My Old House Online

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Featured Blog Posts (84)

A/C...finally...

So this week we finally got our 60 amp panel swapped over to a 200 amp panel... that in itself isn't news to write home about, however getting the central air working due to the new panel is....woohoo!  We do notice that the upstairs
(that still needs new insulation in two of the three bedrooms) is still about 5-10 degrees hotter than the main floor....but we can rectify that overnight by adjusting the air cooler and then having a good night's sleep. Nice.... very satisfying...

Added by D. Brandson on July 1, 2011 at 4:23pm — 2 Comments

Birds-eye map (1875)

This is a clip from an 1875 "birds eye" map showing my house.  

According to a local historian, the town summoned artists to prepare such a map by lifting them in a hot-air balloon, from which they would prepare drawings of the neighborhood one block at a time.  The original of this particular map,…

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Added by A Polzin on June 4, 2011 at 12:11pm — 4 Comments

Econo-Kitchen, Sweat Equity Style...

I mentioned in a previous blog that I had ordered new, unfinished kitchen cabinets for my house. It was the only way I could afford to replace the existing cabinets, which were old and filthy. I would have had to do some major work to get them clean enough to even use, and they were built in place at some point after the house was built, I believe. The back…

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Added by Karan Andrea on May 30, 2011 at 8:00pm — 7 Comments

Getting rid of "circa"

So the real estate record indicated my house was built in 1880, as I mentioned in my previous entry...  and I found evidence that the house already existed in 1875, since a local map surveyed that year clearly shows my house at that time.  After speaking to some historians and experts in this particular architectural style, we concluded that the best guess was that the house was probably built in 1874.  Hence, I have always used the notation "c.1874" thus far in describing the…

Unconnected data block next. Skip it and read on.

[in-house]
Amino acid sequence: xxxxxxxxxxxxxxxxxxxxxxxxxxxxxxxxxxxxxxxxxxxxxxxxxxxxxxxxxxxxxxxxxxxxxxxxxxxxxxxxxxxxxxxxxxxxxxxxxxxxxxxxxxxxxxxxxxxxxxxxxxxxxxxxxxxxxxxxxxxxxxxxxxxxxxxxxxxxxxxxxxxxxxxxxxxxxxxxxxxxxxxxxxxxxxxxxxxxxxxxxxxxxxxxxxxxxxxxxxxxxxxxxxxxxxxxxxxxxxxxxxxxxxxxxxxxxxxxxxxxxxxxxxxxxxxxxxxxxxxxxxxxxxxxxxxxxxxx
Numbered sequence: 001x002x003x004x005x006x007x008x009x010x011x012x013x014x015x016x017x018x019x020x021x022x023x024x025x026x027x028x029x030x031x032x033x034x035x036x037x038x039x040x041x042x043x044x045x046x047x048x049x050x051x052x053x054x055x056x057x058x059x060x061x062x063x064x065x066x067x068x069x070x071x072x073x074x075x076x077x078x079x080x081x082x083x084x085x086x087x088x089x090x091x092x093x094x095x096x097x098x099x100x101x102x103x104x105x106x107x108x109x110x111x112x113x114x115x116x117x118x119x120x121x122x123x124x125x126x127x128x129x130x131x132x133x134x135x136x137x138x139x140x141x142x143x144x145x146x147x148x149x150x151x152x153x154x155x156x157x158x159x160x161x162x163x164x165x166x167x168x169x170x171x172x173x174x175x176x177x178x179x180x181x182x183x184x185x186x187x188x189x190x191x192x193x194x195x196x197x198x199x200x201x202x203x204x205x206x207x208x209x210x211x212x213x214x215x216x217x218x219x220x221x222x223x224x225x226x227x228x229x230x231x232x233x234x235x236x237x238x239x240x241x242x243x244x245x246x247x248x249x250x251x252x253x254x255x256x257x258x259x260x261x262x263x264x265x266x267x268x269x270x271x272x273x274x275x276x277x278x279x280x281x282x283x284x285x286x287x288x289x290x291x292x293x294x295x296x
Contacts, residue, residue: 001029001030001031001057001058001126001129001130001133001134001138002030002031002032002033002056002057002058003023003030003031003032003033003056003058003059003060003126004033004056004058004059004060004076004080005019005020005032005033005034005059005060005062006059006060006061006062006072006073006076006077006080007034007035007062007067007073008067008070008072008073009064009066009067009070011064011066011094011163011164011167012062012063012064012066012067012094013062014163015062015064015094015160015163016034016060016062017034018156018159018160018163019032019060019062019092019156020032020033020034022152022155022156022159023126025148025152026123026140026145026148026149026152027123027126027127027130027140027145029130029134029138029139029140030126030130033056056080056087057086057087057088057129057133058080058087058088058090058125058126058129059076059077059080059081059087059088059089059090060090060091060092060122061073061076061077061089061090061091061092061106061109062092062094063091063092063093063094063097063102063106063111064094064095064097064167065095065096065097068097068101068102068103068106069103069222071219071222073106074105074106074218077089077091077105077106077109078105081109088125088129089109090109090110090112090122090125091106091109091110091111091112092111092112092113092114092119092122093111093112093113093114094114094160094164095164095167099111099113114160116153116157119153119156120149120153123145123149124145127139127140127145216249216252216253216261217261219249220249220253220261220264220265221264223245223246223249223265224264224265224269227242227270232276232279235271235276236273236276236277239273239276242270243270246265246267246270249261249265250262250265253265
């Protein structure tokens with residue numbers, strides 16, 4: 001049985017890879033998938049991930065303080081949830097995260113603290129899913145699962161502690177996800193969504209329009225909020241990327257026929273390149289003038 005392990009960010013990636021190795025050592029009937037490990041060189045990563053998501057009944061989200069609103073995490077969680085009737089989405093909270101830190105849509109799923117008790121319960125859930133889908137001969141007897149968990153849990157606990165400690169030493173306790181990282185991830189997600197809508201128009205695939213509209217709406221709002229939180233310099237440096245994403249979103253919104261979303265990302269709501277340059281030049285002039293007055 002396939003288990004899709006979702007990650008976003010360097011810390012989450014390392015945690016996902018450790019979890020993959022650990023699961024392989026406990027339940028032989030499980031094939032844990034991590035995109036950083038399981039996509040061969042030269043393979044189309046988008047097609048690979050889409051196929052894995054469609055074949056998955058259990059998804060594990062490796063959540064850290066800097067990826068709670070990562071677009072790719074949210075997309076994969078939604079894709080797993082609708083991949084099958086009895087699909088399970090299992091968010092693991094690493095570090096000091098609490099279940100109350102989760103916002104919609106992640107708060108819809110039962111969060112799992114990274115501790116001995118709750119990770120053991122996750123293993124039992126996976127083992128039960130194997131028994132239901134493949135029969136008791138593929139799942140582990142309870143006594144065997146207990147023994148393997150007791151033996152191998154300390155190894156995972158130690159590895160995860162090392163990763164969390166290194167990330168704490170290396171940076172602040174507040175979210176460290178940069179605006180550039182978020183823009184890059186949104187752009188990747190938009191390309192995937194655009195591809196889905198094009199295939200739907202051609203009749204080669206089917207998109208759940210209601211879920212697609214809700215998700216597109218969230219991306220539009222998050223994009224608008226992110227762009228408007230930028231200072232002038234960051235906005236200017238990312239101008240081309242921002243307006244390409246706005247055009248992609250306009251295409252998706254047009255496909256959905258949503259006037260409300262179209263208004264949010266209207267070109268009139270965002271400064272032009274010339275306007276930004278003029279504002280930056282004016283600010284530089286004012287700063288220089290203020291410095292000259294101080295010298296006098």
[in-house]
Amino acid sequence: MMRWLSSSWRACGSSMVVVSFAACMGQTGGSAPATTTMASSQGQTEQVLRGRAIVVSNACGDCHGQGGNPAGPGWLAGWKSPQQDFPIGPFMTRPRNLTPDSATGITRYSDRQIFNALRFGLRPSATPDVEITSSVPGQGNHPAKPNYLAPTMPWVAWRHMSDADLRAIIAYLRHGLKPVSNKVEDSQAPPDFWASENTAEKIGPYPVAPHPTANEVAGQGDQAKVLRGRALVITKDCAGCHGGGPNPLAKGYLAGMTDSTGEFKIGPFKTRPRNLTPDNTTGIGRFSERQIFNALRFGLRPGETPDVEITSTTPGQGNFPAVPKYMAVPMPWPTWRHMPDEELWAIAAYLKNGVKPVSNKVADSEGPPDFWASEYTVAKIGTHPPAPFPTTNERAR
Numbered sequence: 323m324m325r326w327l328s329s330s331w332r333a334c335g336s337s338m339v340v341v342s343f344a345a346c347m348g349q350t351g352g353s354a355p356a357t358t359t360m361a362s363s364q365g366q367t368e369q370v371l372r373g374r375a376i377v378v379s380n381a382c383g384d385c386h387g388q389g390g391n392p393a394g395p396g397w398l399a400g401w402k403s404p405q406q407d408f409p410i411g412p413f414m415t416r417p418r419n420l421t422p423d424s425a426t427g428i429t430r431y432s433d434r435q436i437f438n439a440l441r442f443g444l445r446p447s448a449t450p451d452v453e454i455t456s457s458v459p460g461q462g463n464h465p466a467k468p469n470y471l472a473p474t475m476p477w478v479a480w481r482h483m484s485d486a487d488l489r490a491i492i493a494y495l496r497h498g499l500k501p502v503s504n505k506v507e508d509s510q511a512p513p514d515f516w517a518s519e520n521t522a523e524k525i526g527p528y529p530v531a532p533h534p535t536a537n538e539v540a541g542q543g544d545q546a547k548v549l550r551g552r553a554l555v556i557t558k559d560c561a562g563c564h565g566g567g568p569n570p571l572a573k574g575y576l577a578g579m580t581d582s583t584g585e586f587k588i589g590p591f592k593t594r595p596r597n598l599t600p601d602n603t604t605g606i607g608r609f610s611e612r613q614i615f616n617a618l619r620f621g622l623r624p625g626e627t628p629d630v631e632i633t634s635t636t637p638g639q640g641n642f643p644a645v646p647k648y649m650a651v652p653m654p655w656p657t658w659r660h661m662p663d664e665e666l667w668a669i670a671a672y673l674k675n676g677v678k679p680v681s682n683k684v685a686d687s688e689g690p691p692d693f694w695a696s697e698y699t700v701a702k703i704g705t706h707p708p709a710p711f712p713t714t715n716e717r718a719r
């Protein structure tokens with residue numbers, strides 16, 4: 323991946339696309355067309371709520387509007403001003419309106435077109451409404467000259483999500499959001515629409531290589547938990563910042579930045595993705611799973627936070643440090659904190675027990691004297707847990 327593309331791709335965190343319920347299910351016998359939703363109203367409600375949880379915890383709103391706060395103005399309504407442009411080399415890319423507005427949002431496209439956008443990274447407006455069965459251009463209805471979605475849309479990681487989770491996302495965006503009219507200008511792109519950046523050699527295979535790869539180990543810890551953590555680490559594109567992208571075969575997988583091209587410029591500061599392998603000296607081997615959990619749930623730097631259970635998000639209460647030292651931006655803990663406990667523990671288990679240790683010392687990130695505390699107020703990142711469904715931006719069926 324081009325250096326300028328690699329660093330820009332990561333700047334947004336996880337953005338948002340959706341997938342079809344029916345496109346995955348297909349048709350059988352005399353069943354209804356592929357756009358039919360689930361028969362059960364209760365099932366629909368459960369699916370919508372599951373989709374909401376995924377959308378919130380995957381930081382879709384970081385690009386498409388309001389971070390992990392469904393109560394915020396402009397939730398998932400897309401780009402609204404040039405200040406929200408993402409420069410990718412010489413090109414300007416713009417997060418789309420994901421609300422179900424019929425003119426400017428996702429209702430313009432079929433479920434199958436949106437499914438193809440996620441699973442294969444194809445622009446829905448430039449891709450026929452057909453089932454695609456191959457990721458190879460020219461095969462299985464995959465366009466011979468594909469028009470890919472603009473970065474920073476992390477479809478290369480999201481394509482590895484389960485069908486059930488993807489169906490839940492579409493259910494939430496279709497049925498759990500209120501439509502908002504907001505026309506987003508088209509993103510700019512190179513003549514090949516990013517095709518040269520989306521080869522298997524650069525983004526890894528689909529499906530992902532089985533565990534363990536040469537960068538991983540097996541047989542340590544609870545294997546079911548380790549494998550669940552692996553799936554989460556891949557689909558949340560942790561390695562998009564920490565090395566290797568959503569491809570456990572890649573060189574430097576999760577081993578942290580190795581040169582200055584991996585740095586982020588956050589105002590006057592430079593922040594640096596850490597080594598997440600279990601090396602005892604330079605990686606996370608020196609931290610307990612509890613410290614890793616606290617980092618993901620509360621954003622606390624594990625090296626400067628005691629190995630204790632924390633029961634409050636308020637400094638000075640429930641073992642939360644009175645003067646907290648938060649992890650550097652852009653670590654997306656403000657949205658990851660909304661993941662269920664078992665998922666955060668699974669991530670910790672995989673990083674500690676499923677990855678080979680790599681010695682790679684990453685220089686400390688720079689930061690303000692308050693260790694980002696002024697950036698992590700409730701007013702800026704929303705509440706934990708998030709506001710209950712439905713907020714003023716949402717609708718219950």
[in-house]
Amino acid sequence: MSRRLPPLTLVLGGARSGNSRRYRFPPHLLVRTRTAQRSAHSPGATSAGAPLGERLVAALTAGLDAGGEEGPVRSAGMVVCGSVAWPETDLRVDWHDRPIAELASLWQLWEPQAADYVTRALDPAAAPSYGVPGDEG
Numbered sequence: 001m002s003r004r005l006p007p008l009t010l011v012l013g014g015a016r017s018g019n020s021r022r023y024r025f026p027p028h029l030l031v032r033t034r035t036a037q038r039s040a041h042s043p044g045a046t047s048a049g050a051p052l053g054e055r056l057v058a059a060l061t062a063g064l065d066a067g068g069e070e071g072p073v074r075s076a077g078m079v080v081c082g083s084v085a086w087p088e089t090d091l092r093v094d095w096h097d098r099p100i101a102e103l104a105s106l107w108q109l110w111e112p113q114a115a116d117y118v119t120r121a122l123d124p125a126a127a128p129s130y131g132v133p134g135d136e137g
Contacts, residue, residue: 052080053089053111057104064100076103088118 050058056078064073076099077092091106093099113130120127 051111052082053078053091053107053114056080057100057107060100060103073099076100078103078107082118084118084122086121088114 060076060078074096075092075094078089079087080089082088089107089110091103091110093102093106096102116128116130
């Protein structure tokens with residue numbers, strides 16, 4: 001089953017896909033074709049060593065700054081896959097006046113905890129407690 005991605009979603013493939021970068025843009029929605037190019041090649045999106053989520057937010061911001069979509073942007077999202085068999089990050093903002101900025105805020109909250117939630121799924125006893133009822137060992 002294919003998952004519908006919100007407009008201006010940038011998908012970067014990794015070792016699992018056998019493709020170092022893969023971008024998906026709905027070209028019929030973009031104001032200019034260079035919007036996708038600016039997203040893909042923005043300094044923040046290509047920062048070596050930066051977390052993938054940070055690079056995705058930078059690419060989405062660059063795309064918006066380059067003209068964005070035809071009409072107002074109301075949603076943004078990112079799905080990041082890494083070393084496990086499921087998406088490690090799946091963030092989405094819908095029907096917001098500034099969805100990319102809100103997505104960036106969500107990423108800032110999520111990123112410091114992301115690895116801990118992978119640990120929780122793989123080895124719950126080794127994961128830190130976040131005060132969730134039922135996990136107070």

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Added by A Polzin on May 27, 2011 at 1:50pm — 10 Comments

Refinishing Hardwood Floors

I have a circa 1895 wing and gable home with yellow pine floors. The floors in all the rooms are bare where the original owners had a rug then the rest of the hardwood floors were painted brown around the rug. I would like to have all the paint removed so that the whole wood floor can be seen and then have the whole floor finished. There are remnants of a reddish stain under the brown paint so I know that part of the floors where stained. I have heard not to sand yellow pine floors. Stripping… Continue

Added by Jaime Maravia on May 9, 2011 at 10:30pm — 6 Comments

Is That Antiqued, or Is It Just a Crappy Paint Job? :)

As we were putting the finish on the bedroom cabinets, I reminded my dad, who is about as bad a perfectionist as I am, that it's supposed to look kinda crappy, but when it's all done, it will look incredible. OK, well, I was hoping for incredible, but would have settled for 'not bad.'

To review from my previous blog, the finish is done in layers of acrylic 'milk paint'. The first coat was a dark brown. Then we clear coated it to create separation between that color and the next color…

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Added by Karan Andrea on May 8, 2011 at 5:53pm — 1 Comment

Colors for 1900's home.

I live in a 1901-02 built house that has a Queen Anne exterior, but  strongly colonial revival, large 1st and 2nd floor foyers.  So you could call it an eclectic house.  Because of the date of construction and the foyer style, I'm not sure if the strong colors of the high victorian era would be appropriate for it's exterior.  Can anyone make  suggestions or give opinions on this?  It's a 3-story house, set back from the street with lots of mature trees, and a brick carriage house in the rear.… Continue